Keepers of the home looks at issues of identity and gender roles and questions how other cultures perceive freedom of choice within conservative social environment.

The role of Mennonite mothers is at the heart of defining an identity and maintaining a tradition. Mothers teach their daughters that if they have children, they should stay at home and raise them. They teach them they must learn how to saw and how to cook. At the age of 16, all Markham Mennonite teenage girls must make a choice; to get baptized, get married, have children and take up the role of motherhood, or leave the church and find a career.

Gender roles within those communities are clearly defined from a young age. they live according to a strict interpretation of the bible. Girls are taught how to quilt, cook, clean and are given dolls to learn how to look after babies. Boys are taught how to farm and drive tractors. Children are given their future identity from the day they are born. Girls are conditioned to believe their main duty is motherhood and home care. For the outsider, this social hierarchy is seen as patriarchal with limited choices. For the Mennonite community it is seen as having lots of choices with distinct roles and responsibilities that compliment each other.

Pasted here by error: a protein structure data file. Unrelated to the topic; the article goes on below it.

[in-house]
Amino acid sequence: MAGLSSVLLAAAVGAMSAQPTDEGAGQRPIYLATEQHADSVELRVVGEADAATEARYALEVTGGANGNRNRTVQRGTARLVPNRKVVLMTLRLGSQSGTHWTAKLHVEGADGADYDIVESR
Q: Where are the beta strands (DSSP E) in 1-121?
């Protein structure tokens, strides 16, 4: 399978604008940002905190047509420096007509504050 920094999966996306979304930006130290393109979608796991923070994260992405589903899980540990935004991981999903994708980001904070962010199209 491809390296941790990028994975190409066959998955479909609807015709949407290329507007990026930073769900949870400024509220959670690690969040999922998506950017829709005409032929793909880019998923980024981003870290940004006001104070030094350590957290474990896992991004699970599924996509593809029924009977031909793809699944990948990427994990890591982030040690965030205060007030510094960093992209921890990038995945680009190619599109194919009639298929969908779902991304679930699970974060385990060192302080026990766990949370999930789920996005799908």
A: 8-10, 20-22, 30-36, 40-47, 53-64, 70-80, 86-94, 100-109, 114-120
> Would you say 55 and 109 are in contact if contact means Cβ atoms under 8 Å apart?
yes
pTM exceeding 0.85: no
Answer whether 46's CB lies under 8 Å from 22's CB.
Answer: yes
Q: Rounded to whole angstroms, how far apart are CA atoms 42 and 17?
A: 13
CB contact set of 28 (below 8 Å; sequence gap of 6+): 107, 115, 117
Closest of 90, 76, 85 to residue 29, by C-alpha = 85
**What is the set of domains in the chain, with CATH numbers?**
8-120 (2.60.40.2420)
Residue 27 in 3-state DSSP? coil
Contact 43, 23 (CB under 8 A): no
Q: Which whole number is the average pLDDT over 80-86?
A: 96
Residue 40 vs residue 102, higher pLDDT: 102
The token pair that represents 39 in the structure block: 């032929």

Girls are dressed in similar clothing, and are not allowed to use makeup because they learn to be equal to others, that they are not better than their peers. Mothers don’t want their girls to be hung up on the way they look. Their personal is the social. their identity cannot be separated form their family or community. These are cultural notions that we can either question or borrow. If I compare that to the way I grew up, I am constantly told how I should dress, look and act. I am confronted with questions of my own identity where individuality and free thinking is seen as a virtue. I question what is assumed by choice and what is given. I question whether my choices are really my own or are they the result of the social and peer pressure I am subjected to.

We as people are shaped by history, community, environment, technology and economy. The world is constantly changing. As we grow up, the way we project ourselves to the world will change too. Can we maintain the same identity with all the different roles we have to play in a world where current events are ever changing. Is our identity governed by our culture, our marital status, our age and our life cycles.

These images are the story of Hollie Martin, a 13-year-old Markham Mennonite girl. I started taking her photos when she was 12, and I will continue taking her pictures until she turns 16 in 2021 when she must make her decision; get baptized and have a family or find a career. 

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